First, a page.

Cuckney firm refuses Maxwell payout

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SIR JOHN CUCKNEY, the man charged by the Government with persuading the City to bail out Maxwell pensioners, has been caught in an embarrassing dispute over potentially lucrative Maxwell insurance policies.

The cross-party Social Services Select Committee is planning to call Sir John to demand why Royal Insurance, of which he is chairman, is refusing to honour fraud policies taken out by Maxwell companies.

Money received from a payout by Royal would have gone towards repaying the defrauded Maxwell pension funds. In his role as head of the Maxwell pensioners' rescue fund, Sir John has only managed to persuade the City to stump up around pounds 5m so far.

Royal is part of two consortiums of insurance companies that have refused to pay out on pounds 51m worth of claims made by Maxwell companies and their pension funds for losses caused by the fraud and dishonesty of the late Robert Maxwell. Mr Maxwell stole more than pounds 400m from the pension funds, and a similar amount from the companies he ran. This is despite the Maxwell empire having paid more than pounds 3m in premiums to the insurance groups in the last three years of the tycoon's life.

Although Royal did not lead either of the groups, it was a significant member of both and is understood to be facing a payout of up to pounds 5m if the claims are found to be valid.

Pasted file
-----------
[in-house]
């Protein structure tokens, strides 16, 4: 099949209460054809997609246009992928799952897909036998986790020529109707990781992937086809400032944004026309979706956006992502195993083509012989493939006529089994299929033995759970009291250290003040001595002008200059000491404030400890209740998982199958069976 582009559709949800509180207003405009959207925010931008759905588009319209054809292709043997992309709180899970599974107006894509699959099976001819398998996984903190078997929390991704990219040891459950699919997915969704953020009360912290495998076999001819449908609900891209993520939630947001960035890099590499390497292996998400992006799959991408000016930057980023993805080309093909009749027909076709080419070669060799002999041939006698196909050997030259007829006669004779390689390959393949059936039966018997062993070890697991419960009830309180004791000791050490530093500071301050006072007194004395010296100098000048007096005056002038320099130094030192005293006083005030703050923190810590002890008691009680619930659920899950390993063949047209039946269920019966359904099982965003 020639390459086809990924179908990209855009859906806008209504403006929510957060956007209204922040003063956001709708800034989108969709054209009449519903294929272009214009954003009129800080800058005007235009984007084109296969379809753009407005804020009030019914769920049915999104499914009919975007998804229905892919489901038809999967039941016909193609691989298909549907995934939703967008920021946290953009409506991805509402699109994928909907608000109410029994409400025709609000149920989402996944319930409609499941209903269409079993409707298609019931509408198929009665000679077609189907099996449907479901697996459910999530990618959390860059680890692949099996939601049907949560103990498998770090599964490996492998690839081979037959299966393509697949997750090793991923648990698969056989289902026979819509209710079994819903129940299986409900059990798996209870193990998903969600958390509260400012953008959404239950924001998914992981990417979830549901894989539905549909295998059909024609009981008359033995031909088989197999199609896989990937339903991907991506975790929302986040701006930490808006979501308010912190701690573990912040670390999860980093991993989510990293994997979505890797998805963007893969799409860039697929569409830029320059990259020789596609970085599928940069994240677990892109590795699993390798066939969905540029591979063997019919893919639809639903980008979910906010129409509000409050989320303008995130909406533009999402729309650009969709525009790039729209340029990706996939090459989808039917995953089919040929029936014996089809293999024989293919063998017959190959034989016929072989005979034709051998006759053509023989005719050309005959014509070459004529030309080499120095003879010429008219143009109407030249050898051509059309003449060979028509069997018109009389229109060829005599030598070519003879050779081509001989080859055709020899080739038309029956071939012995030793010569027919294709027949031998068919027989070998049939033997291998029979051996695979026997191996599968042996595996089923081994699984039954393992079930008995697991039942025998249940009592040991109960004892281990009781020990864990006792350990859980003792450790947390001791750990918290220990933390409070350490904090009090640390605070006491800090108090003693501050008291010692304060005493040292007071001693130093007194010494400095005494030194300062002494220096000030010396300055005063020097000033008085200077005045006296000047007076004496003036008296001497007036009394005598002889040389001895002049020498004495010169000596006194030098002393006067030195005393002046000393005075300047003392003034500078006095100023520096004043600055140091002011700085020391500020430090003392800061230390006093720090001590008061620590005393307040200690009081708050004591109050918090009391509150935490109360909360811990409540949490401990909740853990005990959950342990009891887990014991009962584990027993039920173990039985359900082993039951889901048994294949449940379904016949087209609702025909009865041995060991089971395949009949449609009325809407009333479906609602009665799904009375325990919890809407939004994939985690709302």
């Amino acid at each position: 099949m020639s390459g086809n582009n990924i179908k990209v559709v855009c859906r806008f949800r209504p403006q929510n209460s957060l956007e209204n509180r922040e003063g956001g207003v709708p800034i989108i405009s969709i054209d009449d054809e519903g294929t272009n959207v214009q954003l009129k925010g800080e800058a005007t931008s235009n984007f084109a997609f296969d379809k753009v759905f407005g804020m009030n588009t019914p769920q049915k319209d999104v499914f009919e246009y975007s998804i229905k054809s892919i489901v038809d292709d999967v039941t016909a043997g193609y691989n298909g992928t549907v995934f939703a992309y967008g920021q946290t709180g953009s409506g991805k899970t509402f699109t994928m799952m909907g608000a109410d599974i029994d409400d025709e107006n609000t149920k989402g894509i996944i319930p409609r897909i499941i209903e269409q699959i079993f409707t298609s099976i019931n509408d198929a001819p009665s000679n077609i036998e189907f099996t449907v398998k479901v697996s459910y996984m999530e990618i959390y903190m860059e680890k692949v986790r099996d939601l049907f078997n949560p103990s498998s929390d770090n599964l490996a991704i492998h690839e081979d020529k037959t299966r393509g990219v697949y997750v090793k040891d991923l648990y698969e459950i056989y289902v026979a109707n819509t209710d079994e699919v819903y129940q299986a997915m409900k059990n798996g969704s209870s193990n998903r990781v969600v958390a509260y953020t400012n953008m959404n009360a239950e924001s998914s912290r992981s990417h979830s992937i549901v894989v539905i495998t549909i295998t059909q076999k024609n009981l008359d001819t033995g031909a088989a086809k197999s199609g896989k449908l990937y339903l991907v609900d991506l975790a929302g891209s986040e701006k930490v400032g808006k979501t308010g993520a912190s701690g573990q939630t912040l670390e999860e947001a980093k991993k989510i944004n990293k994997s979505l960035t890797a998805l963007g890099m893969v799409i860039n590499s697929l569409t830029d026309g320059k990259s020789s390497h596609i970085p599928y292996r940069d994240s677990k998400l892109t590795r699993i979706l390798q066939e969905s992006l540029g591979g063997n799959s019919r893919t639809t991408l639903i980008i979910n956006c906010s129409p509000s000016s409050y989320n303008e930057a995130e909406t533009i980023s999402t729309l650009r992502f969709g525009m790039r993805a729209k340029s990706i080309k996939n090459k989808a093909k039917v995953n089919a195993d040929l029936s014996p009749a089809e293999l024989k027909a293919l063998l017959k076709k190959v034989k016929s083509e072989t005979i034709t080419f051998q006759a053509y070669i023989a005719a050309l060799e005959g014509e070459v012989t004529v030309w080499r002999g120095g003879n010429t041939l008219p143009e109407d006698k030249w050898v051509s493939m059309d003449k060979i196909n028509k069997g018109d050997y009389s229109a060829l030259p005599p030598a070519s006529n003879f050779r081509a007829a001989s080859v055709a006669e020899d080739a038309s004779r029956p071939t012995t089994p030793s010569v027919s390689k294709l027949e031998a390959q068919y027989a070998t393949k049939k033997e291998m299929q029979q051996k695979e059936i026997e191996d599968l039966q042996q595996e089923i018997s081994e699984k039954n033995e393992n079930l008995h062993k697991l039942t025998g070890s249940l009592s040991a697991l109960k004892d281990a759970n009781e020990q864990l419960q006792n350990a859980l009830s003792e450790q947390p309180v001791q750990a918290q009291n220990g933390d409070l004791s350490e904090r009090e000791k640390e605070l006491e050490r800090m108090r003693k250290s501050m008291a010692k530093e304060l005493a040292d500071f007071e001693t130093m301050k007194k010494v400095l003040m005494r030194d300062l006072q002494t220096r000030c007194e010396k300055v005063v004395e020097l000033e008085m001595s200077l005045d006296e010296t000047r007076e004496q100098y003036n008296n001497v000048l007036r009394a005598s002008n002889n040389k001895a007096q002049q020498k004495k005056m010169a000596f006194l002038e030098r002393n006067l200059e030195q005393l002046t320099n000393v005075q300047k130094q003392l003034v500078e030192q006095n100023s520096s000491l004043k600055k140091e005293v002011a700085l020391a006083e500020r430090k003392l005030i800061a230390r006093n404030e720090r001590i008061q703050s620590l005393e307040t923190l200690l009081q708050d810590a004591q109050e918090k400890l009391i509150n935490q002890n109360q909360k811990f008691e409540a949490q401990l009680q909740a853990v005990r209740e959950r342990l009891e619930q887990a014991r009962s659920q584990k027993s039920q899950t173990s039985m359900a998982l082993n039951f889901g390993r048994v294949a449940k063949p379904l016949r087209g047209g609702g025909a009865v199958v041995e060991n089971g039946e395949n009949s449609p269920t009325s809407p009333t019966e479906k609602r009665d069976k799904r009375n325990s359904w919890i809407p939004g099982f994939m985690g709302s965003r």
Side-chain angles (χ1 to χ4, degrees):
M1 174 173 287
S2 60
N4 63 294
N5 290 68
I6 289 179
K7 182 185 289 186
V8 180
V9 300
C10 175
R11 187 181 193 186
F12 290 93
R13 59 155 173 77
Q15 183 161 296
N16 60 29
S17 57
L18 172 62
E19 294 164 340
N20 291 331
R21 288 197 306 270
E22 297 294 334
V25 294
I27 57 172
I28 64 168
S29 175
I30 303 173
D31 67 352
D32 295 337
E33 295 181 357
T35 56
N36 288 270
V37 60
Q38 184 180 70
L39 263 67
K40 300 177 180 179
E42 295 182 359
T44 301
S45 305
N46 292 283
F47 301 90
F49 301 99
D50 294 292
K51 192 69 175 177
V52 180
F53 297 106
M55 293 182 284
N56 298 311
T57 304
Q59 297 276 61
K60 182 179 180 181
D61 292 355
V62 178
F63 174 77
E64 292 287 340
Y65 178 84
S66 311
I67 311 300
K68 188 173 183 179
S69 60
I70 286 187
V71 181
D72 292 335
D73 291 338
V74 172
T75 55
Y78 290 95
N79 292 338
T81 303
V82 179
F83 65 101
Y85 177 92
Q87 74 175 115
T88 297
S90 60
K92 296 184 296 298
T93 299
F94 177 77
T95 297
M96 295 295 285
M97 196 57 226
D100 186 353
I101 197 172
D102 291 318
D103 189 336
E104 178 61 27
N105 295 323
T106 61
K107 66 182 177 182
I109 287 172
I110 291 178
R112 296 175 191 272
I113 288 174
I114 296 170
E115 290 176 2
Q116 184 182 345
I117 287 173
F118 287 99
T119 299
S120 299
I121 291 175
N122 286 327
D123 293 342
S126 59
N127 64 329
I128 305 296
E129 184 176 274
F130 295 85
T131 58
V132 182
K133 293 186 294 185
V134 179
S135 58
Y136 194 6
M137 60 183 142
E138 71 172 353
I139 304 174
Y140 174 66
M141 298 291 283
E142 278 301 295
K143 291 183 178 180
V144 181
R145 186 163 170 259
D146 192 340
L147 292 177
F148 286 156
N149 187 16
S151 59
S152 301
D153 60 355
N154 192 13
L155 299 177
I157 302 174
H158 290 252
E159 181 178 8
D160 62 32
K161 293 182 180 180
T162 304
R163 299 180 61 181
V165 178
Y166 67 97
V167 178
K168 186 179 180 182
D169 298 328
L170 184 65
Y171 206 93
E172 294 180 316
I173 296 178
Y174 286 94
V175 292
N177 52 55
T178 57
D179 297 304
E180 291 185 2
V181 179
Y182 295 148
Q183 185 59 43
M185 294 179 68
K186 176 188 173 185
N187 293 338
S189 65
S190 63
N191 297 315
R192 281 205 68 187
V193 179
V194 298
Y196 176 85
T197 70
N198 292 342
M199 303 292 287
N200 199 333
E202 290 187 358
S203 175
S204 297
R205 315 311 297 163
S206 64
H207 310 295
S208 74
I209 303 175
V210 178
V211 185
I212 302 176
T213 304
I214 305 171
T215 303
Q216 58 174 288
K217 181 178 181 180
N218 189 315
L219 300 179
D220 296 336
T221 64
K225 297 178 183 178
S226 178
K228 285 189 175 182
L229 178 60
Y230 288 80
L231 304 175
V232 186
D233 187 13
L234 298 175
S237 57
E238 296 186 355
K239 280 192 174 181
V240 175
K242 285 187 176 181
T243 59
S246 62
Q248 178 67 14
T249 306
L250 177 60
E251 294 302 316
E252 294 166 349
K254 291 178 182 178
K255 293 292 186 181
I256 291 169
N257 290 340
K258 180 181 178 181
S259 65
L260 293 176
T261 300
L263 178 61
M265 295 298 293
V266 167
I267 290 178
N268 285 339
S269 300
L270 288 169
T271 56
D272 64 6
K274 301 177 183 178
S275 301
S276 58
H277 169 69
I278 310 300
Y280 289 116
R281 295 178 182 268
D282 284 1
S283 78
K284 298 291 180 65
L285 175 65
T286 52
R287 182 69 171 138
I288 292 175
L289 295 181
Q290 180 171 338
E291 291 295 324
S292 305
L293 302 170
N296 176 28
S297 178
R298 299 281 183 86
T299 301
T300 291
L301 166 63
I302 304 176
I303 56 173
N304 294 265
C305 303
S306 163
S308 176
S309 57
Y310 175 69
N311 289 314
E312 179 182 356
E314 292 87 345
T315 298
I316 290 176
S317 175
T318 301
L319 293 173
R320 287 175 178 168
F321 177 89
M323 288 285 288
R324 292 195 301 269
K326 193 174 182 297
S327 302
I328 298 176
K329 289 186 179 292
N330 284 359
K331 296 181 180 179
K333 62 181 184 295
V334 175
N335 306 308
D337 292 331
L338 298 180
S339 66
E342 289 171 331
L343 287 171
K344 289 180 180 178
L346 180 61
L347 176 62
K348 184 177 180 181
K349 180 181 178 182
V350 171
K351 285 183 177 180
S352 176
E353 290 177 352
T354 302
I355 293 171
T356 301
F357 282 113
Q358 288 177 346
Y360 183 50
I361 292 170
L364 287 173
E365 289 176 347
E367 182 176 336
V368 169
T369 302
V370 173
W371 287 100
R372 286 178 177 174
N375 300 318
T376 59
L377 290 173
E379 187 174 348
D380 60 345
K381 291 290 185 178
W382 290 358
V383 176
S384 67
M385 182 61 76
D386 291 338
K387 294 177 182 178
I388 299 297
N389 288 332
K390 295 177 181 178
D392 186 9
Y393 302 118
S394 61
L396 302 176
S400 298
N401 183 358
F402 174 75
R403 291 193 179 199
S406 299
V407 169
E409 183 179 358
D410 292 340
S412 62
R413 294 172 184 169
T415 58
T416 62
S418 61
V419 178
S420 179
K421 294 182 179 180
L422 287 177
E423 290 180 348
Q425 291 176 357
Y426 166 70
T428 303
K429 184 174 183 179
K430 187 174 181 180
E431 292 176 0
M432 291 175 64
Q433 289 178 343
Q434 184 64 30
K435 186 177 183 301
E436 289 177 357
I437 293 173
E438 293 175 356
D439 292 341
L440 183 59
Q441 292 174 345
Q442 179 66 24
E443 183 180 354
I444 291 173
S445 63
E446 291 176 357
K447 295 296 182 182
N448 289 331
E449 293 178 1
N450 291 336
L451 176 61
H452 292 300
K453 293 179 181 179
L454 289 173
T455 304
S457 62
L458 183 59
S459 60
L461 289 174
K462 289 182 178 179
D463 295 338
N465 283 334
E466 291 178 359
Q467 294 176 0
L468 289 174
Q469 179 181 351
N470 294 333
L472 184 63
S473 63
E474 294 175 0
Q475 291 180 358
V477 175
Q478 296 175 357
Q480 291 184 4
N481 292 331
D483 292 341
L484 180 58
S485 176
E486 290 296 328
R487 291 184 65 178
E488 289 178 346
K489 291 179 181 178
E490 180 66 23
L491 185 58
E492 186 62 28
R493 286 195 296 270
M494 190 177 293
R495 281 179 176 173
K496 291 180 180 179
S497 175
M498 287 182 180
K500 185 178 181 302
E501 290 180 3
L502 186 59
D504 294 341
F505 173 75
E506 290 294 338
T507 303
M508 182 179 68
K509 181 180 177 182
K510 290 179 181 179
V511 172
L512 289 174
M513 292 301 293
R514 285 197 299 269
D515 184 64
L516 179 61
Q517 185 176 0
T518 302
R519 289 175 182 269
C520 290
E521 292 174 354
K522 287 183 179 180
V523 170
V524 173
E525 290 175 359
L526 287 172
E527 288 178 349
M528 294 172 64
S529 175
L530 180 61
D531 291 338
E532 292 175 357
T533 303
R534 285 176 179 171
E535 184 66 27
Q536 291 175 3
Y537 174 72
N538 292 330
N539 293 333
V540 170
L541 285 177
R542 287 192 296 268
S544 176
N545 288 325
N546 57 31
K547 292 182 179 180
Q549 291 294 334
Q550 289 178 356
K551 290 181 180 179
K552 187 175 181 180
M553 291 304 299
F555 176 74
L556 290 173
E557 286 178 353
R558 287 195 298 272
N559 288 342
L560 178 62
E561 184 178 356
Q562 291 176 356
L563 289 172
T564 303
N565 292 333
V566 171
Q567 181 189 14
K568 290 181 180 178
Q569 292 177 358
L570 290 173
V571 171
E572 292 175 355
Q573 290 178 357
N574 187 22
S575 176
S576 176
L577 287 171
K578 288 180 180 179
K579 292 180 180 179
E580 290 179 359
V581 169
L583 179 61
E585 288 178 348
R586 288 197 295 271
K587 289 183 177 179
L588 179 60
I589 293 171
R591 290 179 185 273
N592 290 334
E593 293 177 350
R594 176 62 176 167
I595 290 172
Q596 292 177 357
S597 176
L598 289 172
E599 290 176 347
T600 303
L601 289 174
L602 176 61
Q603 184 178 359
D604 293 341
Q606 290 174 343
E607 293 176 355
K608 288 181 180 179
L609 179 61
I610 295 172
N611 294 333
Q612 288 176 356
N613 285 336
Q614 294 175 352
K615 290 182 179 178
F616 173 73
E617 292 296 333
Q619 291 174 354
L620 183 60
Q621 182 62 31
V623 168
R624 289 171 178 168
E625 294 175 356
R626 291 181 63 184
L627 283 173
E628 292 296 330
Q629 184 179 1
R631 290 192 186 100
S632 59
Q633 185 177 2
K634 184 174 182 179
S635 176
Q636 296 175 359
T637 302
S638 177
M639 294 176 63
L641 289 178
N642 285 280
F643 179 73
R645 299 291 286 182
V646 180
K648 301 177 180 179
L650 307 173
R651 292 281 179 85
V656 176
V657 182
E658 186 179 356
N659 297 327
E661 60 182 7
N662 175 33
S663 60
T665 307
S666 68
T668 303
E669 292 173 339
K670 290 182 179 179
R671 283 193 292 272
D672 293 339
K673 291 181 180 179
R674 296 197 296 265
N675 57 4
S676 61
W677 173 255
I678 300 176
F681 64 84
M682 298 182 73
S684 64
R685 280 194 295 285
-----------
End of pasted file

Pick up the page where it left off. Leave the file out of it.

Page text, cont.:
The largest policy is for 'Comprehensive Dishonesty' and could pay out pounds 50m. The leader of that consortium, the New Hampshire Insurance Company, has told the pension funds that the policies are void on the basis of non-disclosure of the dishonesty of Robert Maxwell.

One insurance company, Guardian Royal Exchange, has offered to pay back the premiums it received, but Royal has yet to follow suit.

Kenneth Trench of the Maxwell Pensioners Action Group said: 'The basis for voiding the policies is that Maxwell should have told them that he was a crook.'

The select committee said in a recent report it is 'alarmed that the various insurers . . . have sought to avoid the policies'. It is writing to the insurers, including Royal, to question this stance.

Sir John is understood to believe he has no conflict of interest, and has taken to excusing himself from Royal's board meetings when Maxwell questions are raised. He feels the same when it comes to mediating between parties with claims, as he has passed on that responsibility to Sir Philip Webster, deputy chairman of the Maxwell Pensions Unit.

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